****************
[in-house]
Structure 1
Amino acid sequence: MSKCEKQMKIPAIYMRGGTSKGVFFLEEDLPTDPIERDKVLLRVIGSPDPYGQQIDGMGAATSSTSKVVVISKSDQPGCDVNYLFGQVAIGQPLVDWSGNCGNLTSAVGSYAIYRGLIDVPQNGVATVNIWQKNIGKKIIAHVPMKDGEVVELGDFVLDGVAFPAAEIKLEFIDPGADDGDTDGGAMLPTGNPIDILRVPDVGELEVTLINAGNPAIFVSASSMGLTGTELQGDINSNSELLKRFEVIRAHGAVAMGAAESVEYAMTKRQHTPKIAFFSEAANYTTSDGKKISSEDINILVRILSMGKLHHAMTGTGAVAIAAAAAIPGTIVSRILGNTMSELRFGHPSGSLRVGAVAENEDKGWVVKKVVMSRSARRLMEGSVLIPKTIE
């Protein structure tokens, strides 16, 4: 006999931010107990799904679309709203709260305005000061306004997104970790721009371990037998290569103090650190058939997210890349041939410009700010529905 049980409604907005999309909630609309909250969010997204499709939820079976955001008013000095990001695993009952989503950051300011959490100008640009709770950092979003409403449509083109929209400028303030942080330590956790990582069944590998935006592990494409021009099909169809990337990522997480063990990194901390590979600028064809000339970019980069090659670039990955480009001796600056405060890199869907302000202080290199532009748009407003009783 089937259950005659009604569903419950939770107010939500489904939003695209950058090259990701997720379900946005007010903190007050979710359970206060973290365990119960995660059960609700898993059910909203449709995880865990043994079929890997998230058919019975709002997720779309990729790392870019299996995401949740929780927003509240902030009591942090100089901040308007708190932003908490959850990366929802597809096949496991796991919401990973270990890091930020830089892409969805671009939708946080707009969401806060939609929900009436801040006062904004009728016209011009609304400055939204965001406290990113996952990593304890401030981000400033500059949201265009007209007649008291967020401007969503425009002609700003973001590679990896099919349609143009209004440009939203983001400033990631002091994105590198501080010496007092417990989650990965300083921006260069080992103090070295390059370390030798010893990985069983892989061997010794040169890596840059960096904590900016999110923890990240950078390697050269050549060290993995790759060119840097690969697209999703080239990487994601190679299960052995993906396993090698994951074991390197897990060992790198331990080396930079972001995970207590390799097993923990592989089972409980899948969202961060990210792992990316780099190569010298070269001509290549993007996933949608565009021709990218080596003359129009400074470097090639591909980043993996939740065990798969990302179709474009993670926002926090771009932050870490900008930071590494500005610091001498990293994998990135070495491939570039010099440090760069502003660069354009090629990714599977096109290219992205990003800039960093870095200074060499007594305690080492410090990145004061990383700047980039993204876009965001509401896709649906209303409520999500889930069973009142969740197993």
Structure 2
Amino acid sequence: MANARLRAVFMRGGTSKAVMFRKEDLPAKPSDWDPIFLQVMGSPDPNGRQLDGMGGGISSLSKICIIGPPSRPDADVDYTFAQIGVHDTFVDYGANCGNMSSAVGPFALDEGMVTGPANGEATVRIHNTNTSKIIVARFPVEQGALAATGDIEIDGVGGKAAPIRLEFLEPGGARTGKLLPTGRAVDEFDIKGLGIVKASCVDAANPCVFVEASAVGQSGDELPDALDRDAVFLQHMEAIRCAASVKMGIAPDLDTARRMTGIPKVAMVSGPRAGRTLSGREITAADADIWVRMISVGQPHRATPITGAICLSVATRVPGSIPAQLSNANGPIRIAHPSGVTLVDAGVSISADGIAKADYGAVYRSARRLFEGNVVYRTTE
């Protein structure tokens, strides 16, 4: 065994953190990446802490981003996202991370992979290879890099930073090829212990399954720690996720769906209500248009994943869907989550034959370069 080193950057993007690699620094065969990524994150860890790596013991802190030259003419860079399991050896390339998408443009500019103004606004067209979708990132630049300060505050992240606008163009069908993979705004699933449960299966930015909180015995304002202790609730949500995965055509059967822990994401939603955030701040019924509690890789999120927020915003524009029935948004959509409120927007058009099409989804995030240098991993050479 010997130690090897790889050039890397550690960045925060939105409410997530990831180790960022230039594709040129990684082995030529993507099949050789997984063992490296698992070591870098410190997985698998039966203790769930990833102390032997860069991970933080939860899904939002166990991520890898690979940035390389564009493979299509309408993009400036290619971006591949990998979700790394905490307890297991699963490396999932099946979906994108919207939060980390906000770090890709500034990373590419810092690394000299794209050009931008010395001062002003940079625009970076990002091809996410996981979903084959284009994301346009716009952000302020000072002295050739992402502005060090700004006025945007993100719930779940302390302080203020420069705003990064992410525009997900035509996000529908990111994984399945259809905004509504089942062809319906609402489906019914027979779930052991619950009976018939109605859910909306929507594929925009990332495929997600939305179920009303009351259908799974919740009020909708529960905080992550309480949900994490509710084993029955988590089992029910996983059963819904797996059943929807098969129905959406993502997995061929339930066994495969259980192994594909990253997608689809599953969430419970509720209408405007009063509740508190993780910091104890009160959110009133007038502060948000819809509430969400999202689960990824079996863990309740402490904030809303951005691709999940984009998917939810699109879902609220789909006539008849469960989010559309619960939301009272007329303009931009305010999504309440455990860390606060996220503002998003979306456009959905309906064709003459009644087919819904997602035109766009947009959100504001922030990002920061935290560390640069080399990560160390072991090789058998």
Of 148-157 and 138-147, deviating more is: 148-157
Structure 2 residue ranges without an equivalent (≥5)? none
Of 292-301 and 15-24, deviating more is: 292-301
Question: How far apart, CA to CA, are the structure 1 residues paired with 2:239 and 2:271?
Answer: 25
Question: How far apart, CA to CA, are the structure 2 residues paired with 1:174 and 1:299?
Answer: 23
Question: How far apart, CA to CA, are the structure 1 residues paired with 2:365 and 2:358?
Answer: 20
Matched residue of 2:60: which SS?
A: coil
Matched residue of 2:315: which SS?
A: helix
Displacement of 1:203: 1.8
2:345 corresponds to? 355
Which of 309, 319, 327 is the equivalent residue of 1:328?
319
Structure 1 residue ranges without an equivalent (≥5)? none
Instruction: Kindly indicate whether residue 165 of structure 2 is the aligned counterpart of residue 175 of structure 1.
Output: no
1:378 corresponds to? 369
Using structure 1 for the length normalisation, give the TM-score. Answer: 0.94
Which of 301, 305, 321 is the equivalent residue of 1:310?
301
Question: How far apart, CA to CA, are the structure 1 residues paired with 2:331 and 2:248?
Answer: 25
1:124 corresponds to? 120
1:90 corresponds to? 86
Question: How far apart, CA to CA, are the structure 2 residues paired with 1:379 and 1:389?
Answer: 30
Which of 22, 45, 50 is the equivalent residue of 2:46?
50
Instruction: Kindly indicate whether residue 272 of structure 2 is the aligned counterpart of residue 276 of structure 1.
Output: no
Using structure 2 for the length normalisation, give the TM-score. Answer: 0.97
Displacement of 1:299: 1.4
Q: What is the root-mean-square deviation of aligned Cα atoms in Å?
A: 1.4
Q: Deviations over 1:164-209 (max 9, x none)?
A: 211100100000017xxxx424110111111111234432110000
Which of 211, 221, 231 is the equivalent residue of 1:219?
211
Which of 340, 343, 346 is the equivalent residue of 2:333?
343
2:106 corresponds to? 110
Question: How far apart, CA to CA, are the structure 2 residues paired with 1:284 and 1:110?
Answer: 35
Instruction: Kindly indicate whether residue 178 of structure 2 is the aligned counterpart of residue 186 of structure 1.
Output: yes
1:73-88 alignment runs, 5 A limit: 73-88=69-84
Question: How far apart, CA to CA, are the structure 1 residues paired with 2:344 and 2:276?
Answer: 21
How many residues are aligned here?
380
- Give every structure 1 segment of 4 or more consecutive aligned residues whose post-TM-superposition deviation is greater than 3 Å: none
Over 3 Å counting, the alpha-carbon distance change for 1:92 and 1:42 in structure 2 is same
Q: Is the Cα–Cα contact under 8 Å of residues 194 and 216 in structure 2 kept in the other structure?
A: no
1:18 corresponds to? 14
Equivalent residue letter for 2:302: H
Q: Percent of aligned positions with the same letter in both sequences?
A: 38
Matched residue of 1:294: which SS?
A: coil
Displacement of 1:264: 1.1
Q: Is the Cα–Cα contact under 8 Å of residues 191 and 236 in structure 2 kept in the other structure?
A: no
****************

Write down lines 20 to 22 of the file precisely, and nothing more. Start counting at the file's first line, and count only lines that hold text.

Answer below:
A: helix
Displacement of 1:203: 1.8
2:345 corresponds to? 355